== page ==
I can summarize the entirety of my hospice experience by saying this: hospice is here to stay. Before the program, I read a book that estimated the number of Americans getting to that special age of 65 at about 7800 a day; the more recent estimates I’ve seen have that figure closer to 10,000. With that being said, it is easy to see why people need superb hospice care and the urgency that should be associated with it.
In a perfect world, health care would have flawless continuity and hospice/palliative medicine would be there at the end with open arms, strengthening patient goals and helping boost quality of life. Clinicians, from all specialty realms, would be frank about outlooks and, when appropriate, have end of life talks without hesitation. There would be no smoke and mirrors and pushing the vital discussion and truth further down the line to another health care team, thereby flustering the patient with more uncertainly and, often, false hope.
We don’t live in this world. I don’t think this world will exist in my lifetime. The health care experience I’ve seen for patients, even in the western PA system, isn’t where it needs to be. There is endless room for improvement and quite a bit of misconception that needs to be eradicated because of its harmful influence. This needs to start at the foundation of medical training for all players in the health care system. Research has shown that medical schools would like to interject more hospice/end of life material into the curriculum but there is no room. This is incredibly myopic. Perhaps some of this hesitation isn’t due to a grossly oversized courseload but the erieness that often accompanies the dying situation. Either way, something has to give because the aging population needs quality care and there is no discussion there.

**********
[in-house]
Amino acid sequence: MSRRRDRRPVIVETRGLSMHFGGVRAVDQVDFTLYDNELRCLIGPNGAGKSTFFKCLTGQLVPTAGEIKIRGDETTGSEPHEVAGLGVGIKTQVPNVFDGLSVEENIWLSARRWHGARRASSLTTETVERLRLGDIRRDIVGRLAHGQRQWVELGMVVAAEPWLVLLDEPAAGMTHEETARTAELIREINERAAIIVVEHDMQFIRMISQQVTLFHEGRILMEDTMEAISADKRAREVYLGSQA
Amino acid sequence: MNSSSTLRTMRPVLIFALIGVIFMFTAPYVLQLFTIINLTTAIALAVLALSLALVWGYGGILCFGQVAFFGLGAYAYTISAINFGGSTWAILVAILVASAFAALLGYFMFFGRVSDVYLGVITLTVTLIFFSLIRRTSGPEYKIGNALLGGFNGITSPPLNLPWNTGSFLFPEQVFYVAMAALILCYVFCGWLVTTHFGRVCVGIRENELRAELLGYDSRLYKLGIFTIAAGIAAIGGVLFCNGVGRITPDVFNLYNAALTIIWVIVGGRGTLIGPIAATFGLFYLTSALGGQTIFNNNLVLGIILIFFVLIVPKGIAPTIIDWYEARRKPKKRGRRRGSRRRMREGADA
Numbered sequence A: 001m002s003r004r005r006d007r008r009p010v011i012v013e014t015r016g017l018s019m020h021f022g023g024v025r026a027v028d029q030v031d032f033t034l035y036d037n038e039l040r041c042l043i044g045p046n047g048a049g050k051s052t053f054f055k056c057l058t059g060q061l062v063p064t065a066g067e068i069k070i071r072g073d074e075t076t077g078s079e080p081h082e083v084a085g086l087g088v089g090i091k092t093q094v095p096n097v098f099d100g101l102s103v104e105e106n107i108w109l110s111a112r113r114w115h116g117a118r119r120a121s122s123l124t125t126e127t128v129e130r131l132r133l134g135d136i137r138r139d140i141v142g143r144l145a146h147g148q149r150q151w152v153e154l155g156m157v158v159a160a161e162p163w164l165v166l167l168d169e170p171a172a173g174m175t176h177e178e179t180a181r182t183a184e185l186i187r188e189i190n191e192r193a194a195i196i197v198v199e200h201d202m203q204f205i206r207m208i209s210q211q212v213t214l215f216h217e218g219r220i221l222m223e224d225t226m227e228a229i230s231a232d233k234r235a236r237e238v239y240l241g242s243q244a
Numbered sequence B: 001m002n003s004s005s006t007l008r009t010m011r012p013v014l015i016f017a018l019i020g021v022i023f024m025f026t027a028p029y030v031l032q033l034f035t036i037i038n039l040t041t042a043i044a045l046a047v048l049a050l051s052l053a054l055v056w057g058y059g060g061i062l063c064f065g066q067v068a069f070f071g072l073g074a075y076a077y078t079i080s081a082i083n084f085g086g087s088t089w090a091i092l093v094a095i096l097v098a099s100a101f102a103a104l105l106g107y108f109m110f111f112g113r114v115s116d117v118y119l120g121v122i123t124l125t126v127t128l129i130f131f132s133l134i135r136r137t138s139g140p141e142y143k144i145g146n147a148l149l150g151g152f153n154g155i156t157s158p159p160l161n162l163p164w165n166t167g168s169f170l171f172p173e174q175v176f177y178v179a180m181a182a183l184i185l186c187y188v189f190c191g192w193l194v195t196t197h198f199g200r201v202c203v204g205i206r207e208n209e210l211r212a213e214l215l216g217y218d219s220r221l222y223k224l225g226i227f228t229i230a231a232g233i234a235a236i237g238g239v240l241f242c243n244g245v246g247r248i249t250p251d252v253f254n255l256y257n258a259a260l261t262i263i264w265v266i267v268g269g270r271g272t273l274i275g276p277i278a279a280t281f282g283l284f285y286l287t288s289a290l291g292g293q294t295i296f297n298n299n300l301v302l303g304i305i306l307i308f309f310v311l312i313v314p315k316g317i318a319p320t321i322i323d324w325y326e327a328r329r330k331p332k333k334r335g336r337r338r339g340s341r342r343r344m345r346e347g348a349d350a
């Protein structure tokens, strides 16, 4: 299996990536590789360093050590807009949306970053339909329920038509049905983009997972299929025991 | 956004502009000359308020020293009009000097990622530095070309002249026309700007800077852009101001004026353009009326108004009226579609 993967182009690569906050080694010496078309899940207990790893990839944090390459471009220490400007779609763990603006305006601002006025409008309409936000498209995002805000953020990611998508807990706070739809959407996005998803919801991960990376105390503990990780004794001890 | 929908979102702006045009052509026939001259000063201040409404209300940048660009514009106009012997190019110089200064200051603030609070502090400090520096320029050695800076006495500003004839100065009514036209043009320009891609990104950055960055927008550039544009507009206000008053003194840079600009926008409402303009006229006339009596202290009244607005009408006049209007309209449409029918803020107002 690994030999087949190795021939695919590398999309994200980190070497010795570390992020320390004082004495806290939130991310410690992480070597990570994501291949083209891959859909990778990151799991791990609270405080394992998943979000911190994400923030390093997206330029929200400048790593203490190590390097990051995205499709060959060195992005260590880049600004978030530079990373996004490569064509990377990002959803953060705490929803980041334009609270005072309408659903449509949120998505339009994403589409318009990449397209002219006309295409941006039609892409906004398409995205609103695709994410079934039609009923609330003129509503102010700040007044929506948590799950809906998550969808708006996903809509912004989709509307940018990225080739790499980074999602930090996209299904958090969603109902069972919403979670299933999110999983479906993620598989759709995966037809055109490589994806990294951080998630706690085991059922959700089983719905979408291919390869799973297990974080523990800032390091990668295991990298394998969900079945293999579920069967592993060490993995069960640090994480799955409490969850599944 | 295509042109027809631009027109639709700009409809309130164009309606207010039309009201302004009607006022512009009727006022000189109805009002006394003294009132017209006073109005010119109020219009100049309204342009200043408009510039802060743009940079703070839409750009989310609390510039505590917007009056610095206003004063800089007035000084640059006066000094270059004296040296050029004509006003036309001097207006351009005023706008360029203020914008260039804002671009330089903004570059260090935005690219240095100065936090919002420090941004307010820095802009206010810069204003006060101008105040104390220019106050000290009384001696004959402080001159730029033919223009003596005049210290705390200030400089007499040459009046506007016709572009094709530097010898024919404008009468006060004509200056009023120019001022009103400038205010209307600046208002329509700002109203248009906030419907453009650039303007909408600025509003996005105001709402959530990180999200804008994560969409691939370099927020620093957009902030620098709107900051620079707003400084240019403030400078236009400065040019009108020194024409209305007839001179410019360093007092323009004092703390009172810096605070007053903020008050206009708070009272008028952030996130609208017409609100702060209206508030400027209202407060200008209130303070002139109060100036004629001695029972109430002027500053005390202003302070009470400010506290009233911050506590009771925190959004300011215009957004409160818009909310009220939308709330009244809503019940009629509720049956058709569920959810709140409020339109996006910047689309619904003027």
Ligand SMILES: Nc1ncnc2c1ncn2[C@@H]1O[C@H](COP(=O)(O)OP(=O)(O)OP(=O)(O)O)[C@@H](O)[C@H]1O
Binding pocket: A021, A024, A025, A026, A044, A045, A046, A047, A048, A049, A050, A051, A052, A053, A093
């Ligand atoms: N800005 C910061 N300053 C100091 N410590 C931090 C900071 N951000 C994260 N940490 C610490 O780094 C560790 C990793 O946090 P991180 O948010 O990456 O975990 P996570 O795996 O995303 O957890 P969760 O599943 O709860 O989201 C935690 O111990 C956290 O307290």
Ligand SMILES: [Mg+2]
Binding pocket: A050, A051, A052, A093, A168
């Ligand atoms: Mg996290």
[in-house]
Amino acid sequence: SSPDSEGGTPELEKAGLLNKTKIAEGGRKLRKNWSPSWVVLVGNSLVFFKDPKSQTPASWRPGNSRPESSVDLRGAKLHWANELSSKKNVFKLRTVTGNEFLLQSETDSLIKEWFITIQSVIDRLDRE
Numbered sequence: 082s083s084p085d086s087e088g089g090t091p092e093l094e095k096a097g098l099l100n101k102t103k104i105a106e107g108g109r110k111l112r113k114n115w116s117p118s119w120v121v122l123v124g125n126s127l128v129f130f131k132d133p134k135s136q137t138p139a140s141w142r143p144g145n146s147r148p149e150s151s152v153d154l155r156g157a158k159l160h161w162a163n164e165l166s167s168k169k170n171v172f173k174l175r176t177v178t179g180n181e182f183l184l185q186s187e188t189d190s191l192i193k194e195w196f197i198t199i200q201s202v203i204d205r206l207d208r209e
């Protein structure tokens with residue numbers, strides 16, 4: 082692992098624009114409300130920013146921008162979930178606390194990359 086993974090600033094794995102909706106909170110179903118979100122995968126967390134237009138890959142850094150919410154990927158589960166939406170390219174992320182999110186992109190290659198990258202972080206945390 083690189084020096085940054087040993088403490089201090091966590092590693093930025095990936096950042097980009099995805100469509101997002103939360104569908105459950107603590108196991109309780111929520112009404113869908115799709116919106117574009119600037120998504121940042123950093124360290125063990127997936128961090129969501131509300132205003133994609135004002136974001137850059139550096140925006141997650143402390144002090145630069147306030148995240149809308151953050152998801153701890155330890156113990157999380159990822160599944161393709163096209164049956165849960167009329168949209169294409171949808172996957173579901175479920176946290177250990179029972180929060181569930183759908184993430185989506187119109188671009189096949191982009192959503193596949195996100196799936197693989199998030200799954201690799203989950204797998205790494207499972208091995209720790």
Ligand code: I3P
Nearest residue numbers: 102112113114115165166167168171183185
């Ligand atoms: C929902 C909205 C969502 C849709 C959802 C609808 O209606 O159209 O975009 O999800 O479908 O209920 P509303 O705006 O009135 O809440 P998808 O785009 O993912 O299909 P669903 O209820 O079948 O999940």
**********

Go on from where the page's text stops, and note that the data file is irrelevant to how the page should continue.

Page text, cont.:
I often think about an older African American woman I met being taken care of by her daughter in a Pittsburgh neighborhood. The stress on the daughter’s face was palpable; there were errands to run and taking care of mom was obviously not how this young lady pictured her life playing out. As a student, I had little to offer to this situation other than a listening ear and relaying needs back to the hospice team. Although my role here was minimal, a few points became clear. This woman was receiving quality care but there was substantial strain felt given her daughter’s frustration and need to get out. A clinician can do little to assuage this burden directly; however, they can ameliorate the situation by being direct and clear about outlook and reaffirming patient goals. As lay people, this medical condition was puzzling but a communicative individual can make a world of difference. Even better, if this mother and daughter team know that their health care provider(s) are always within reach, then I believe quality of life will increase.
After working in hospice as a caregiver, I can say that I think a lot is wrong. For instance, opioids are still vastly misunderstood and “hospice” certainly does conjure up dark images for a lot of folks. I think it is easy to see how hard it will be to “turn the tide” on these issues and create true reform. I’ve certainly felt powerless after getting a glimpse. I will say that the same was said about civil rights reform and other tectonic shifts made in American thinking. Changes in hospice/end of life care/health care will follow the same tumultuous path but doing so is not only the right thing to do, but the only thing to do.